22 June 2018
The House of Commons has spent millions on a total of 53 non-disclosure agreements on staff in the space of just five years, official data has shown.
Figures released to the Press Association under the Freedom of Information Act show the government spent more than £2.4m on the gagging orders between 2013 and 2017, a figure which Chair of the Women and Equalities Committee, Maria Miller, suggested was due to large payouts to former staff.
“[It] can’t be the drawing up of the contracts – they wouldn’t cost that much to draw up – so it must be the amount of money that’s being paid out,” she told the Press Association. “Salaries in the House of Commons are not enormous so that does seem to be a significant amount of money.”
She called for “the use of gagging clauses in so many employment contracts” to be made “a thing of the past” and an increase in transparency as to “why such a relatively large amount of money was needed to deal with severance agreements”.
While each settlement agreement included confidentiality clauses, they did not prevent workers from whistleblowing – the Commons said – but a spokesperson for the House confirmed that the deals related to problems arising in the workplace.
“Like many other organisations, the House of Commons uses settlement agreements to resolve employment disputes under certain circumstances” the spokesperson said.
While it is not known what each of the gagging orders pertained to, there were strong suspicions that they may have been used to prevent former staff from going public with stories about a toxic workplace culture in parliament.
Former Private Secretary to Speaker John Bercow, Angus Sinclair, said he was paid £86,250 and told to take “compulsory early retirement” so long as he did not complain about the way he had been treated in the House.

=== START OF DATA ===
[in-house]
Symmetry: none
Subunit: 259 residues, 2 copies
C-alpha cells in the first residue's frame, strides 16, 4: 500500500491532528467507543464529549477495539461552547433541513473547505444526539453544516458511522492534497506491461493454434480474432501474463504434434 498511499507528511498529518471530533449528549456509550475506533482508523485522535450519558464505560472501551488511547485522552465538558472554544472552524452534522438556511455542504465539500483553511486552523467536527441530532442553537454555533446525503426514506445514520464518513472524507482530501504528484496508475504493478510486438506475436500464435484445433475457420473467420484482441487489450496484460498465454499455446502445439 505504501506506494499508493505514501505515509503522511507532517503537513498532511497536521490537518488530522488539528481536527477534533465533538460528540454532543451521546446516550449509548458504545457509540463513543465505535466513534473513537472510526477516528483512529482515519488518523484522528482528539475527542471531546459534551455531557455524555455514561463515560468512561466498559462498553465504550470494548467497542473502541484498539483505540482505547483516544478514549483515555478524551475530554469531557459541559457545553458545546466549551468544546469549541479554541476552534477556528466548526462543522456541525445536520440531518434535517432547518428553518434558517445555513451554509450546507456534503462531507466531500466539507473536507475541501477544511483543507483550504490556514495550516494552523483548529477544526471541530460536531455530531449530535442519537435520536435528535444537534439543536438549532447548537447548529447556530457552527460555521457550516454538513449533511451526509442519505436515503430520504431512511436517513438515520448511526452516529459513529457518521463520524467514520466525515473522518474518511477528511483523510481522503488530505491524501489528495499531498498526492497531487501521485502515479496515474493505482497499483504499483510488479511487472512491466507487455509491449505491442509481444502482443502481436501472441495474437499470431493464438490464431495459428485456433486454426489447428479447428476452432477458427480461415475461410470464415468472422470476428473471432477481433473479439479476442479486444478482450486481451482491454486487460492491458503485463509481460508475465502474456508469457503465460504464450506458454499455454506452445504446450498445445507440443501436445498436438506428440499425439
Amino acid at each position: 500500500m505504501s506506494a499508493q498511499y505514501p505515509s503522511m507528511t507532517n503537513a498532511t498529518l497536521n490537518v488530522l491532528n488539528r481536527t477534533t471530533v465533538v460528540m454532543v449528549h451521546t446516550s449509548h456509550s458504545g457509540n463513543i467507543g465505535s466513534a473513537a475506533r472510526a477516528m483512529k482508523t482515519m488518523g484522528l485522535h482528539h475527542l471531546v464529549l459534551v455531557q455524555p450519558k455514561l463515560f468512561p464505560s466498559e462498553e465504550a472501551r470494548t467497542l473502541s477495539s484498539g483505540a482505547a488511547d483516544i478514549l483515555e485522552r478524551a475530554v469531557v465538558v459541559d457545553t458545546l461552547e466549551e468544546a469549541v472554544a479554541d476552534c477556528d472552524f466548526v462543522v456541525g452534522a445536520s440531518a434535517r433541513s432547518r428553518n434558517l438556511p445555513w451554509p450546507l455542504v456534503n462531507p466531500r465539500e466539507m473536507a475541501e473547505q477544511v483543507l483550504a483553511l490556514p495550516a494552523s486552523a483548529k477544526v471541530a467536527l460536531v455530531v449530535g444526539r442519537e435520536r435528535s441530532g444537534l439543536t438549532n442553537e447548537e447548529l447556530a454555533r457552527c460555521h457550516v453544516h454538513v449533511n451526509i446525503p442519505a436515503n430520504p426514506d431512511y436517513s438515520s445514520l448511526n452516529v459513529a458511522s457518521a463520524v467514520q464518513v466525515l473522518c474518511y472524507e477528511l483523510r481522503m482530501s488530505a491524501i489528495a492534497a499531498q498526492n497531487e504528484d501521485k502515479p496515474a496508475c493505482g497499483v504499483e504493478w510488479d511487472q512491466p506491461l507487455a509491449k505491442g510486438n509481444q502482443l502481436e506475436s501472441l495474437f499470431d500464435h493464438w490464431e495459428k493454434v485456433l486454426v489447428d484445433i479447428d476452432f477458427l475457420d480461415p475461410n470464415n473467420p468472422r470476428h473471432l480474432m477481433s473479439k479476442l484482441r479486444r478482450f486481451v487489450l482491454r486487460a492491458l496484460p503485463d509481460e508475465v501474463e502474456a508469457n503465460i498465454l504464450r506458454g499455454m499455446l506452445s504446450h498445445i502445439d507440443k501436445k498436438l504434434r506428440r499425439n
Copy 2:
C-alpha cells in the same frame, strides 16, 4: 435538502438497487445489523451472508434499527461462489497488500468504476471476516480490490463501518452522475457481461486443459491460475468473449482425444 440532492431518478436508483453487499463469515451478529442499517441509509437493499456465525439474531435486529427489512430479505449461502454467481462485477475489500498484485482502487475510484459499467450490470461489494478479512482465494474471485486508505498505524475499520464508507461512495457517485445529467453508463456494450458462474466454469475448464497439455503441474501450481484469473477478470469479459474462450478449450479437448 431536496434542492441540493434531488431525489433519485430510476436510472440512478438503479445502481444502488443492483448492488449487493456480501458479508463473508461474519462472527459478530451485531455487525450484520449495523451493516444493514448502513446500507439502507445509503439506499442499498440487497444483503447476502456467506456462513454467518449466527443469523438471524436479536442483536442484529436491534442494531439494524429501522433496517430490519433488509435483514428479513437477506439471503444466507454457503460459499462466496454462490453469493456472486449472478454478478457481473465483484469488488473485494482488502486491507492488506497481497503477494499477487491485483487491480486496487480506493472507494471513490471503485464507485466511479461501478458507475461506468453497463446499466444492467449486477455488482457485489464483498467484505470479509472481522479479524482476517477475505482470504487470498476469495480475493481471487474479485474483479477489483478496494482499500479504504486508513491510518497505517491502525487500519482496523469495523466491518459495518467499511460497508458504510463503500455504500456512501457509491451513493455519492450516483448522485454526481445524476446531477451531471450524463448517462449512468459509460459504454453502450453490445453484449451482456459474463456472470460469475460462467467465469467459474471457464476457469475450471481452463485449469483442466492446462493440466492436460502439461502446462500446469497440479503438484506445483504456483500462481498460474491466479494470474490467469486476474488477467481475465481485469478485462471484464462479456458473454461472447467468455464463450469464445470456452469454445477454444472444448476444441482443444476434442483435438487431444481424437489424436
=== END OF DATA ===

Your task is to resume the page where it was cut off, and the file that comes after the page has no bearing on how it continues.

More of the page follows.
A current worker told the BBC that there is a “culture of fear” in the workplace and others reported that, while male staff are often bullied, it was a problem that was particularly aimed at women.
“My career at the House of Commons didn’t end when I was sexually harassed. My career ended when I complained,” a woman who used to work at the House of Commons told the BBC.
Another said: “All I wanted was to do my job without being humiliated. There are no incentives for people to raise issues.”
One woman added: “I was bullied out of a job I loved. The MPs were one thing, but I felt so badly let down by the people I worked with directly.”
The BBC’s sources among the current and former Commons workforce estimated that around 90% of those who are bullied and harassed are female.
An inquiry was launched into bullying and harassment in Westminster last month following BBC Newsnight’s expose, but the Guardian has been told that any new policy will not be retroactive, placing penalties only on consequent behaviour.
Assistant General Secretary of the FDA union, Amy Leversidge, warned this approach “will potentially result in a ‘clean slate’ for the perpetrators of bullying and harassment, rather than the promised closure for staff”.